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Farmington Frog Gurgler

Hook: TMC 8089 #6
Thread: Olive 3/0 or 6/0
Tail: tuft of olive grizzly chickabou; a few strands of pearl krinkle flash
Legs: 4 olive grizzly saddle hackles; 2 on each side of the shank, concave side facing out
Shellback: Green closed cell foam, folded over on itself to form a lip in front (w/optional black and brown dots)
Body: Chartreuse or pearl Estaz
Froggy Arms: Olive speckled centipede legs, knotted

A trout caught by Ron Gaul on opening day 2015.
Proof that trout eat frogs!


Monday, April 6, 2015

The Atomic Dog is a Winner

Hopefully it wins first prize with the fish in a few weeks

The Atomic Dog a winner, but not in the sense that it has caught a pile of fish yet (it's too early in the season for that). But the fly did manage to tie for first place in the Skeena River Fly Supply Snow Runner tying contest. The contest was held on speypages.com. The rules dictated that an original fly be tied with snow runner as a material. I had purchased some snow runner from SRFS to tie this fly regardless, so I figured I would enter it in the contest. I'm glad I did! 



If you haven't checked out Skeena River Fly Supply, I highly recommend you do so. They have some unique materials and a good selection of tubes. Due to their location, their inventory is highly steelhead-centric, but there is plenty for tyers of Atlantic salmon, saltwater, and trout flies. I'm looking forward to getting my next shipment and will post some more flies tied with SRFS materials. Thanks again to Jaap Kalkman and Skeena River Fly Supply for sponsoring a great contest!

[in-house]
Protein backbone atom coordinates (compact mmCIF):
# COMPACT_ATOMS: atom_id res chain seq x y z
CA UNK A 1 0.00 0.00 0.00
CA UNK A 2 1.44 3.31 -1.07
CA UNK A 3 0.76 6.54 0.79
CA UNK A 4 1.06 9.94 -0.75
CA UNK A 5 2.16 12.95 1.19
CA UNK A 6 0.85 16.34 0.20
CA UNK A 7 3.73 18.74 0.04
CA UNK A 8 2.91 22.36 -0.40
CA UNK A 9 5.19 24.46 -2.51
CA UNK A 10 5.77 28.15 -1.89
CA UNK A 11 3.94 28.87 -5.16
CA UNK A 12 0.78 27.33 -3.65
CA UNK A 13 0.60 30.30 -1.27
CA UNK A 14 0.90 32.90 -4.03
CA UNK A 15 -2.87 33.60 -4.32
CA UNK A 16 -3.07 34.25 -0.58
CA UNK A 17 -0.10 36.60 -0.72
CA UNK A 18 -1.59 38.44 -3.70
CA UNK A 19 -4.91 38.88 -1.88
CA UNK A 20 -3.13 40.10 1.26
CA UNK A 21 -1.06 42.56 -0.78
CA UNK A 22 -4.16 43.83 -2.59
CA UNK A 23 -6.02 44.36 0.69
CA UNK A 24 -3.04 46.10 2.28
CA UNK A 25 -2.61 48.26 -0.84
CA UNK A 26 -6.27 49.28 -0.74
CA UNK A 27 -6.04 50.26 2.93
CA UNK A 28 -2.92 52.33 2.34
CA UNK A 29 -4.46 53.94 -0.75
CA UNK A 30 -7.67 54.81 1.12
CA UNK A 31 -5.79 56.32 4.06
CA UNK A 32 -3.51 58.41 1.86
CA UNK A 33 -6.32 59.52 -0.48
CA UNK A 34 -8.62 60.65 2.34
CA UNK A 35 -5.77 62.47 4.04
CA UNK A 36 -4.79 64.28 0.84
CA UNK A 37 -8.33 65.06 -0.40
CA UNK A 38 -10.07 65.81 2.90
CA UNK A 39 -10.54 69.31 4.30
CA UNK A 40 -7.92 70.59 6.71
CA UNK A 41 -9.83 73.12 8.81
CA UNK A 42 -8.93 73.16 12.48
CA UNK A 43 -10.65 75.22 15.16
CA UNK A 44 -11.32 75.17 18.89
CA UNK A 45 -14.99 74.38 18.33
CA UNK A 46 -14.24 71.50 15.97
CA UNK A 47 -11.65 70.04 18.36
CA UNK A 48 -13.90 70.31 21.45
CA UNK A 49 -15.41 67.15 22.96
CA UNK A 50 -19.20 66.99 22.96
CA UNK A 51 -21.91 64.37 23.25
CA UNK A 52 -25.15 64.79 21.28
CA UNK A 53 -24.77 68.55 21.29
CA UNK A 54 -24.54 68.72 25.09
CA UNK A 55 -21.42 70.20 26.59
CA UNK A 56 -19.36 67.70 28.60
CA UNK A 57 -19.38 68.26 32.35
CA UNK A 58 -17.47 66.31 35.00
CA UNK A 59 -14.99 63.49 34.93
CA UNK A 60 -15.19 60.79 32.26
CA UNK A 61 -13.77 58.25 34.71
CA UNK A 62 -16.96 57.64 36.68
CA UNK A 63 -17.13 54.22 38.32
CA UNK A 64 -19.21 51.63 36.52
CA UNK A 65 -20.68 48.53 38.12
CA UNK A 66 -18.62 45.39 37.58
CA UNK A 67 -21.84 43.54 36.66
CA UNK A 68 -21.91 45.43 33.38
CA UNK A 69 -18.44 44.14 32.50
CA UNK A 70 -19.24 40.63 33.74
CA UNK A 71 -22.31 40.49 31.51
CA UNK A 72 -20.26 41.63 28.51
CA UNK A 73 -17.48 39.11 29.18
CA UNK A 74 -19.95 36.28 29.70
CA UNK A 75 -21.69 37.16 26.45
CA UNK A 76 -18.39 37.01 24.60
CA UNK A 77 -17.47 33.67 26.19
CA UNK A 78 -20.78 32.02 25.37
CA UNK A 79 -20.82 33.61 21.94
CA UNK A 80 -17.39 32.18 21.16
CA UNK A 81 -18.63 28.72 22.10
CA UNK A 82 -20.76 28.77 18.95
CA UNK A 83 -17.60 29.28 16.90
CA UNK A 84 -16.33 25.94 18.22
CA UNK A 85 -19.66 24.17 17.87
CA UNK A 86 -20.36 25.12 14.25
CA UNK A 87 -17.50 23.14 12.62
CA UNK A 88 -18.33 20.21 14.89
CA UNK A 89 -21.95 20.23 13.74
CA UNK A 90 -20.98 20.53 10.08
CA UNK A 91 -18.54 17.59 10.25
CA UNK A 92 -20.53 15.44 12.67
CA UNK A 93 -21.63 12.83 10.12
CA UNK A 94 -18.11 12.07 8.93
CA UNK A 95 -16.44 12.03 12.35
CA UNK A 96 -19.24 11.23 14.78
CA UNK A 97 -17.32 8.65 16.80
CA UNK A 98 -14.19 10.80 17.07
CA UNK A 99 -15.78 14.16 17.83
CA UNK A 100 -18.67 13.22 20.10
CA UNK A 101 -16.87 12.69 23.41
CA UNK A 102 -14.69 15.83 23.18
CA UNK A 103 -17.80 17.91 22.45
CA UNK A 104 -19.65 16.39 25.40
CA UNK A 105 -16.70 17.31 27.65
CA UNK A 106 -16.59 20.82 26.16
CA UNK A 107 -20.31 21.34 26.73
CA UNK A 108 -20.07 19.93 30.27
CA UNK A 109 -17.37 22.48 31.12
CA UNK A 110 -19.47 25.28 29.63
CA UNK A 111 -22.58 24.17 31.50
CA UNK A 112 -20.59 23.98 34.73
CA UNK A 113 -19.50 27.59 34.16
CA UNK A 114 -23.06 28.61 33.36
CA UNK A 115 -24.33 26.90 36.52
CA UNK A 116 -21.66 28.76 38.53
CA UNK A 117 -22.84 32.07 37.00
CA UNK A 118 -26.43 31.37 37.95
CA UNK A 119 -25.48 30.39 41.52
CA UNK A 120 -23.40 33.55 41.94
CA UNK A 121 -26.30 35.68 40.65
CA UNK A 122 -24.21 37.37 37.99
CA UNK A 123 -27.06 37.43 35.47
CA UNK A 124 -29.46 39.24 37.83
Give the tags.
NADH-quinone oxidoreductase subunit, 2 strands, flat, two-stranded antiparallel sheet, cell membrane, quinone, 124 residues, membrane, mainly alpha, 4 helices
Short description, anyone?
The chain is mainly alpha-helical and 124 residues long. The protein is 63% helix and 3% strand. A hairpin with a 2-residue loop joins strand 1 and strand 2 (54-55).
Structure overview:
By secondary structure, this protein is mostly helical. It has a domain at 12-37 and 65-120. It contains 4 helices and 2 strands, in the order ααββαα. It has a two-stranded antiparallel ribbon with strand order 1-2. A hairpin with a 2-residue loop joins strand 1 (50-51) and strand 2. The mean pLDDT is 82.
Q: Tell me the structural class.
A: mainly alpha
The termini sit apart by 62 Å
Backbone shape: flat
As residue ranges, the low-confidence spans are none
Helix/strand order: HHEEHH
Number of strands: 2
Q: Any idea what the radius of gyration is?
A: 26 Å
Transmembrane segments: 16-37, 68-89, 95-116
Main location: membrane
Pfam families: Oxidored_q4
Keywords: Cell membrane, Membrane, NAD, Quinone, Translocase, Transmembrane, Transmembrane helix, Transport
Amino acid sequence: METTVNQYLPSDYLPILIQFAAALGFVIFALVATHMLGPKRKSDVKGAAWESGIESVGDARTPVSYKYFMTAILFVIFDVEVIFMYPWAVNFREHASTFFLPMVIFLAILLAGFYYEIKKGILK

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I can't wait to get out there and try these flies. I think we have about two or three more weeks before the striper fishing turns on. Where I fish, the sea run brown trout usually come in a little after. I think we'll start to see them by the middle of May and they will continue to trickle in through most of June, so long as it doesn't get too hot too quickly. They're phantoms that don't run in real numbers, so the only way to know if they're around is to go out and pay dues (lots of dues)...I love it! 

Black and White Dogs

Atomic Dog (Black)

Thread: Black
Tube: 1" 3 mm plastic tube; 1.8 mm plastic tube,  nested inside
Rear Body: Black flat braid
Weight (optional): Lead tape, wire, or non-lead alternative
Base Wing: Black bucktail tied on top of the front portion of the body
Front Body: UV Black Ice Dub (heavy & loose) over bucktail butts, picked out
Wing 1: Black marble fox tail and light blue Flashabou
Wing 2: Black marble fox tail and UV pearl Angel Hair
Wing 3: Black snow runner topped with micro mirage Lateral Scale
Wing 4: Black snow runner topped with several strands of peacock herl
Underwing: Black marble fox, tied to the under side of the tube
Topping: Black hackle, tied flatwing style
Sides: Jungle cock
Head: Large ball of Black UV Ice Dub, tied loosely over wing butts and picked out
Throat: Fluorescent pink Fluoro Fiber
Collar Hackle: Black schlappen
Cone: Black turbo cone (small)